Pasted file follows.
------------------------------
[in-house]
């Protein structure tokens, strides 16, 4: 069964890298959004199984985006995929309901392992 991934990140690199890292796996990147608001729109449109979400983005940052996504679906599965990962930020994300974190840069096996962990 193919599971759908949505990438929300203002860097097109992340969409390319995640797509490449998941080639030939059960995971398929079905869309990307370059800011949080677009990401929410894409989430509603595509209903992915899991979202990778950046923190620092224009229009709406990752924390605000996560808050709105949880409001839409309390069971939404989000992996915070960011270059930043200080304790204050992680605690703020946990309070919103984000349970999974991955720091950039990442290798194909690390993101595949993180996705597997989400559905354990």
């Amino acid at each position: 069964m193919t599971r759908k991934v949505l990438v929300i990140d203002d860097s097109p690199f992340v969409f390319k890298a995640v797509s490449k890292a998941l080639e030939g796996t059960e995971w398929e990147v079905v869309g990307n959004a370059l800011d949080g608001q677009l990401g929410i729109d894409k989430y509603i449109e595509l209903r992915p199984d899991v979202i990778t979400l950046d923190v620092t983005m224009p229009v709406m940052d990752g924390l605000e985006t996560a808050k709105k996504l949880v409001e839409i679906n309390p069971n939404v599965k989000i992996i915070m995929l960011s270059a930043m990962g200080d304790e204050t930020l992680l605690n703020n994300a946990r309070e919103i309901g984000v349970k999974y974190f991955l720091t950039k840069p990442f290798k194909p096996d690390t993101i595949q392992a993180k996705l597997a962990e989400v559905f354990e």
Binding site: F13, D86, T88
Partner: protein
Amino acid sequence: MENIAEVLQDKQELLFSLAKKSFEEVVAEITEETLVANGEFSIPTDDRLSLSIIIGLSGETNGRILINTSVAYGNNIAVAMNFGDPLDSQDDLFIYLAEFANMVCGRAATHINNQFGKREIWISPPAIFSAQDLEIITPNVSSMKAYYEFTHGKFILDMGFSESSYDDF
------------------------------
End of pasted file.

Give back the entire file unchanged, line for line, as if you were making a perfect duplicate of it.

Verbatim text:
[in-house]
């Protein structure tokens, strides 16, 4: 069964890298959004199984985006995929309901392992 991934990140690199890292796996990147608001729109449109979400983005940052996504679906599965990962930020994300974190840069096996962990 193919599971759908949505990438929300203002860097097109992340969409390319995640797509490449998941080639030939059960995971398929079905869309990307370059800011949080677009990401929410894409989430509603595509209903992915899991979202990778950046923190620092224009229009709406990752924390605000996560808050709105949880409001839409309390069971939404989000992996915070960011270059930043200080304790204050992680605690703020946990309070919103984000349970999974991955720091950039990442290798194909690390993101595949993180996705597997989400559905354990």
């Amino acid at each position: 069964m193919t599971r759908k991934v949505l990438v929300i990140d203002d860097s097109p690199f992340v969409f390319k890298a995640v797509s490449k890292a998941l080639e030939g796996t059960e995971w398929e990147v079905v869309g990307n959004a370059l800011d949080g608001q677009l990401g929410i729109d894409k989430y509603i449109e595509l209903r992915p199984d899991v979202i990778t979400l950046d923190v620092t983005m224009p229009v709406m940052d990752g924390l605000e985006t996560a808050k709105k996504l949880v409001e839409i679906n309390p069971n939404v599965k989000i992996i915070m995929l960011s270059a930043m990962g200080d304790e204050t930020l992680l605690n703020n994300a946990r309070e919103i309901g984000v349970k999974y974190f991955l720091t950039k840069p990442f290798k194909p096996d690390t993101i595949q392992a993180k996705l597997a962990e989400v559905f354990e």
Binding site: F13, D86, T88
Partner: protein
Amino acid sequence: MENIAEVLQDKQELLFSLAKKSFEEVVAEITEETLVANGEFSIPTDDRLSLSIIIGLSGETNGRILINTSVAYGNNIAVAMNFGDPLDSQDDLFIYLAEFANMVCGRAATHINNQFGKREIWISPPAIFSAQDLEIITPNVSSMKAYYEFTHGKFILDMGFSESSYDDF